Māori Tā Moko face marking was a sacred practice among the indigenous tribes of New Zealand. Each moko design was unique to each individual, (no two designs were ever the same as they were never duplicated) and signified a young man’s transition from childhood to manhood. As well as representing rank and status these marks also had significant meaning to the wearer, symbolically connecting them to their ancestors and lineage.

midnight-gallery: “ Māori Tā Moko face marking was a sacred practice among the indigenous tribes of New Zealand. Each moko design was unique to each individual, (no two designs were ever the same as.

New Zealand | "Meri Tupe Otu". ca 1863 - 1875 | © E. S Richards / Auckland Art Gallery Toi o Tāmaki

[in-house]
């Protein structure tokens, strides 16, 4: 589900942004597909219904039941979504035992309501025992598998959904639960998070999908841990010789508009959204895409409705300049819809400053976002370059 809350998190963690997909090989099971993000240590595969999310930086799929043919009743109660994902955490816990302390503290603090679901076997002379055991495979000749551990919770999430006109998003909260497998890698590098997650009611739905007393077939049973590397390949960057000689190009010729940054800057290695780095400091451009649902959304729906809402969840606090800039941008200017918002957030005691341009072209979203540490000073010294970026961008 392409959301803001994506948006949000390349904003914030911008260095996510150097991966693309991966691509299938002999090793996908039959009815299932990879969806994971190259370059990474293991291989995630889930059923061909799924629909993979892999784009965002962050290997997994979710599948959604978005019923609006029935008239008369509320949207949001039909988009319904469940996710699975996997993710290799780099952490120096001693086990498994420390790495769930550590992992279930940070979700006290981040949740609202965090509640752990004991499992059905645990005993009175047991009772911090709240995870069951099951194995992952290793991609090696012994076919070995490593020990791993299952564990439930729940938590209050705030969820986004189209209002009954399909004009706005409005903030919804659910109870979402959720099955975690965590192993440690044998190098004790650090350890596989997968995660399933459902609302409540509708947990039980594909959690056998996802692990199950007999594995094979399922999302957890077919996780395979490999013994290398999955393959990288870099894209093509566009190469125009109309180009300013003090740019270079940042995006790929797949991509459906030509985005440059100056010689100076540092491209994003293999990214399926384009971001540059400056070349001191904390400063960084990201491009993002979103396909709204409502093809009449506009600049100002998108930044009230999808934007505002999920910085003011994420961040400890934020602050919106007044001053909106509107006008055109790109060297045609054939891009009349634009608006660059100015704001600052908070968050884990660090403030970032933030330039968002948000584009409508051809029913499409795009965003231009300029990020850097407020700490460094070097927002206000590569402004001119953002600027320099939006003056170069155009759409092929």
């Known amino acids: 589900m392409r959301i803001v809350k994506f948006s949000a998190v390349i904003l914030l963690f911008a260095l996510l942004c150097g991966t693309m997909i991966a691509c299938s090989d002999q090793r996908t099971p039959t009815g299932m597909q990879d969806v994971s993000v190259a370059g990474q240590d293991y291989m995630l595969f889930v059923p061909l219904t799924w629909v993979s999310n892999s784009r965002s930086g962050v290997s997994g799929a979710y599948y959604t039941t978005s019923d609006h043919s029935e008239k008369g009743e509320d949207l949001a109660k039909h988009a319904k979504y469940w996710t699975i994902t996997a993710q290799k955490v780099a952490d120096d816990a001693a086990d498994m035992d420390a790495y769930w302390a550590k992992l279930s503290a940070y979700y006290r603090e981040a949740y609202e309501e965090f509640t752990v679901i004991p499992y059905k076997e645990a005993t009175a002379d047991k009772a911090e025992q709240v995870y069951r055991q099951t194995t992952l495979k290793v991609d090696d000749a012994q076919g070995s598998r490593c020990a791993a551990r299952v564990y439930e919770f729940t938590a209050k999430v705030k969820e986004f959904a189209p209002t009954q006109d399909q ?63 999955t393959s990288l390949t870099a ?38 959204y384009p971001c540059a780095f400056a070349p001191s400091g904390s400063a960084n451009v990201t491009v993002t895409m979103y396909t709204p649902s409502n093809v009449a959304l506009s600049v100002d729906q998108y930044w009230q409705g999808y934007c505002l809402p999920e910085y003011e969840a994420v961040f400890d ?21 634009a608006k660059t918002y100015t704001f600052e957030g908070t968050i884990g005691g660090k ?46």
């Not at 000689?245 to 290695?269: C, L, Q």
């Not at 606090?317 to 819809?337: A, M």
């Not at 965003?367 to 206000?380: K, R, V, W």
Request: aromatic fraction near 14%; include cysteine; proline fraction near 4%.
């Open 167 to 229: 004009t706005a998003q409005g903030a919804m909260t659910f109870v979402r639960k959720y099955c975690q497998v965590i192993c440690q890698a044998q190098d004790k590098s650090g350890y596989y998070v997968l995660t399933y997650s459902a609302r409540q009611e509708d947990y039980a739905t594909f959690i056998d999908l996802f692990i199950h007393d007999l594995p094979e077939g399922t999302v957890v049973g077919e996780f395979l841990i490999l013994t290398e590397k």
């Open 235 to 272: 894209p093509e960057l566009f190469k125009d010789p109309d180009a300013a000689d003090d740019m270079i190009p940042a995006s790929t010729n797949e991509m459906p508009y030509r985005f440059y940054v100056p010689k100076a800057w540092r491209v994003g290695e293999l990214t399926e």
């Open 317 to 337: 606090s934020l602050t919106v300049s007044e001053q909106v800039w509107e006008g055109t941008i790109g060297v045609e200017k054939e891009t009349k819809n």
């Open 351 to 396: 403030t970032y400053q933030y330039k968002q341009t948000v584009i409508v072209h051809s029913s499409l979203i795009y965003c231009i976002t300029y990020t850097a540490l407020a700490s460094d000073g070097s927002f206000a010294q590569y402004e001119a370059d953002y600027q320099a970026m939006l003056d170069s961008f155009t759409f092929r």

mister-nobody: “les-sources-du-nil: Edward Smallwood Richards Portrait of Mere Tupe-o-tu, of Taranaki, taken, probably in the late Moriori, Inhabitant of the Chatham Islands ” —.

Maori man, possibly Nikorima Tamaihurihuri, wearing a Maori cloak

Unidentified Maori man, possibly Nikorima Tamaihurihuri, wearing a Maori cloak, taken circa by an unidentified photographer.

New Zealand | Maori Chief Rangitira Anawa ~ scanned postcard; published in the 50s

Maori Chief Rangitira Anawa rppc Amulet New Zealand 50s

Maori Chief Rangitira Anawa rppc Amulet New Zealand

maori boy

A tamaiti maori (Maori boy) from Aotearoa, with traditional kotikoti cape and kaka feathers.

Hami Te Hau, [between 1870 and 1890] wearing a korowai (tag cloak), photographed probably by Samuel Carnell of Napier.

Hami Te Hau, [between 1870 and wearing a korowai (tag cloak), photographed probably by Samuel Carnell of Napier.

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